Estonian meat producer cut down to size

  • 1998-10-15
  • Paul Beckman
VILNIUS - Rakvere, the Estonian-based meat product company, got a bit of good news and bad news Oct. 2.

The good news came from the Lithuanian State Veterinary Service - it approved Rakvere's monthly license to sell 160 tons of meat products in Lithuania.

The bad news arrived later from the same source. The Veternary Service had changed its mind. Suddenly, the company that predicted it would grab a third of the Lithuanian meat market by underselling local competitors appeared deflated.

According to Jonas Burokas of the Lithuanian State Veterinary Service, Rakvere's products are unacceptable by European Union (EU) standards because they have a history of importing some meat from North America.

"Lithuania and all EU countries do not allow the import of meat from America and Canada because of the use of hormones [in livestock]," said Burokas. "That is the reason Rakvere could not get a license. But I must add that this only pertains to Rakvere. We have really good relations with other Estonian companies which also sell here."

While the blow to Rakvere has not caused them to shut down shop, it has reduced the amount of meat they are allowed to sell. According to Burokas, Rakvere is allowed to sell only 20 tons of meat which the company imports from Finland, an EU member state.

Rakvere officials and the Estonian Foreign Ministry, however, are not simply accepting the Lithuanians' decision without releasing some complaints of their own.

Dimitris Ciudakovas, director of the meat company's Lithuanian office, Rakvere Lietuva, told TBT that the meat that was to be imported in Lithuania is not of American origin.

"On the day we received the Lithuanian Veterinarian Service's approval for our license, we later also received a fax that it had been revoked," recalled Ciudakovas. " Their reasons were based on a letter with an old date on it that stated that Rakvere had earlier sold meat from America. We do not sell meat from America."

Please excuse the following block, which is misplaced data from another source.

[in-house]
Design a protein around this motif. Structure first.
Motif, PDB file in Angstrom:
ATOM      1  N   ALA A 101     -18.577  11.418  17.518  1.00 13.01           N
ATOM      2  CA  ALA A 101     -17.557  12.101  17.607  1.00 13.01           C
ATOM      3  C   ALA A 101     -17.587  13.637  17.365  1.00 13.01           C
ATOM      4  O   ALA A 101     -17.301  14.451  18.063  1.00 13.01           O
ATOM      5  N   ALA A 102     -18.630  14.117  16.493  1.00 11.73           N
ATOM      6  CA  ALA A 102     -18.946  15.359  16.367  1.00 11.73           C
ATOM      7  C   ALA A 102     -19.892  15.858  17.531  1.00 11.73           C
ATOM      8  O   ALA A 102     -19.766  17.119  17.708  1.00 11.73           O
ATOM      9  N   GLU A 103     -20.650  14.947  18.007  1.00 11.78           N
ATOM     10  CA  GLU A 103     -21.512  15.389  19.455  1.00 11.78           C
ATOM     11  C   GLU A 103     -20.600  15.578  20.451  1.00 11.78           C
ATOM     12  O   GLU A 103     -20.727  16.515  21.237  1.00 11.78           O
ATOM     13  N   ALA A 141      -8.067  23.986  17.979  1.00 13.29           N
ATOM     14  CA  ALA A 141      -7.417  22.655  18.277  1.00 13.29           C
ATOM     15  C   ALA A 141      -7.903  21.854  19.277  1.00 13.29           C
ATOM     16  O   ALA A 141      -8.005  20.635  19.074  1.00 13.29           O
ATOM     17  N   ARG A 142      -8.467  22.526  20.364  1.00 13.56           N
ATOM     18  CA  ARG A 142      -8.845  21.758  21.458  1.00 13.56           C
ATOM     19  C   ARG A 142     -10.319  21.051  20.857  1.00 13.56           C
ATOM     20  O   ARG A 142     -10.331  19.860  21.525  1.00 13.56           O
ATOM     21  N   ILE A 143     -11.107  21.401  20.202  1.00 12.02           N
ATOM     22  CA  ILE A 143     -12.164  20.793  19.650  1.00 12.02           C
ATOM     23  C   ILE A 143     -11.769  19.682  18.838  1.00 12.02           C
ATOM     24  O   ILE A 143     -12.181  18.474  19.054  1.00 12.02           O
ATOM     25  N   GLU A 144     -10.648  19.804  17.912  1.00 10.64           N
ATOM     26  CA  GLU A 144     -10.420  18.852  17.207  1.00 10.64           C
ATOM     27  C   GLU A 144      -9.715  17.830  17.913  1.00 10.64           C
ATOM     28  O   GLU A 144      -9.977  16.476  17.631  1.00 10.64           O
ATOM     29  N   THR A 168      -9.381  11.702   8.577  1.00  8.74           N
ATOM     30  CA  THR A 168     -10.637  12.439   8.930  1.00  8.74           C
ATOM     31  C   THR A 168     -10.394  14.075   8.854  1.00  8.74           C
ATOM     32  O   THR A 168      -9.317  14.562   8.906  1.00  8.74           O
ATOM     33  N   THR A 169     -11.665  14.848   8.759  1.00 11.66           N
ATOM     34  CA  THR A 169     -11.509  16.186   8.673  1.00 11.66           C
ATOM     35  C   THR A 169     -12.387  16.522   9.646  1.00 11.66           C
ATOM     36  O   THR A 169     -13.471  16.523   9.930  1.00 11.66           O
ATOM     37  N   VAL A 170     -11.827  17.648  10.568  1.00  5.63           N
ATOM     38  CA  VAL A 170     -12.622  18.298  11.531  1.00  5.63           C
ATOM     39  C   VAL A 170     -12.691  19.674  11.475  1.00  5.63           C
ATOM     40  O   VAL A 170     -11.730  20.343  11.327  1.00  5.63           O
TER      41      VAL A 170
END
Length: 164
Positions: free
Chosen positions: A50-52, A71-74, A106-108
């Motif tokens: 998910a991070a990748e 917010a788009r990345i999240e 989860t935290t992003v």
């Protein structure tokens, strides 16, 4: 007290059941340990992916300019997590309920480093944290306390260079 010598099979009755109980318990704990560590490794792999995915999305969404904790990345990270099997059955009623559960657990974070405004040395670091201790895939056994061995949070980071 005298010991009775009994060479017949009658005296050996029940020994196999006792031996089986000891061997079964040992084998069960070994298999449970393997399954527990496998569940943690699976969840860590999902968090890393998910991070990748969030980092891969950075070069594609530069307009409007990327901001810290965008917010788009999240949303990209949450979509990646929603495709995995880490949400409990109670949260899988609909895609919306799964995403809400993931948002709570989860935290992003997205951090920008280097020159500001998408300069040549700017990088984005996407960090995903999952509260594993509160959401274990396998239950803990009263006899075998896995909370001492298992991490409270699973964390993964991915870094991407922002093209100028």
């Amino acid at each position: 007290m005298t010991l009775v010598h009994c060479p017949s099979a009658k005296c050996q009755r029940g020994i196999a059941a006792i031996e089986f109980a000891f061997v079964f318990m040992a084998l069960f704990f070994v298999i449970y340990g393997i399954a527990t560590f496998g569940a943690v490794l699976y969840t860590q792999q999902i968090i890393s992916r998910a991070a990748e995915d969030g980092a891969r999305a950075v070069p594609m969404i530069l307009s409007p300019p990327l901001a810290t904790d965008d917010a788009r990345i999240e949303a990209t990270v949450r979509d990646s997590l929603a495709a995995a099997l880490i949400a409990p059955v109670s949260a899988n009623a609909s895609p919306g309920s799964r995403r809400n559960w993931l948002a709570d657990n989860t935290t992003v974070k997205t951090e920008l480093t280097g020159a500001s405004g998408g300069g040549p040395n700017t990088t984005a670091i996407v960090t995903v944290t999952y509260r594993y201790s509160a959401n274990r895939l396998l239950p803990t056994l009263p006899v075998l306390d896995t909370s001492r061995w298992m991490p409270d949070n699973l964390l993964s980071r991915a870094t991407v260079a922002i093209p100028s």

The Estonian Foreign Ministry also addressed the issue by sending an official note to the Lithuanian Embassy in Tallinn. According to a ministry's press spokesperson, the note accused the Lithuanian government of "not corresponding" with an agreement which abolishes tariff barriers on trade among the three Baltic countries. A joint protocol signed by the veterinary boards of the three countries was also said to be ignored. In theory, the approval by the veterinarian board in one country should be valid in the other two countries as well. According to the Estonian Foreign Ministry, the Lithuanians have yet to offer an official response to the note.

Burokas said that Lithuanian experts visited the Estonian company, and with Estonian experts present, viewed the entire meat production process. While he admitted that no concrete evidence was found which indicated that Rakvere was currently using American meat, Burokas added that it is a tricky process.

"When viewing the process, it is extremely difficult to see whether American meat is being used or not," Burokas said. "But it was used earlier. Estonia currently does not have an agreement [which forbids the use of American meat]. In the future they will do the same as in all EU countries. Our interest is to have the best quality imports. Our relations with other Estonian companies are good and I hope in time we will come to an agreement with Rakvere."

Ciudakovas also expressed hope for an agreement as representatives involved in this field from Latvia, Lithuania and Estonia meet later in October.

Some Lithuanian consumers also appeared to be sensitive about the issue. While Lithuanians often speak proudly about a number of things their country has to offer, many seem especially excited about domestic food products. By claiming the locally produced goodies are high in quality and have an all-natural reputation, some meat purchasers seemed skeptical of the Estonian-based Rakvere meat company's proclaimed plan to capture a third of the market by underselling the local competition this fall.

"Well, that's the way the market works," said one Lithuanian lady who said she regularly purchases meat. "If the Estonians or any other country think they have a chance here, then they have a right to try to sell their products. But personally, I trust Lithuanian meat the most, so that's what I buy."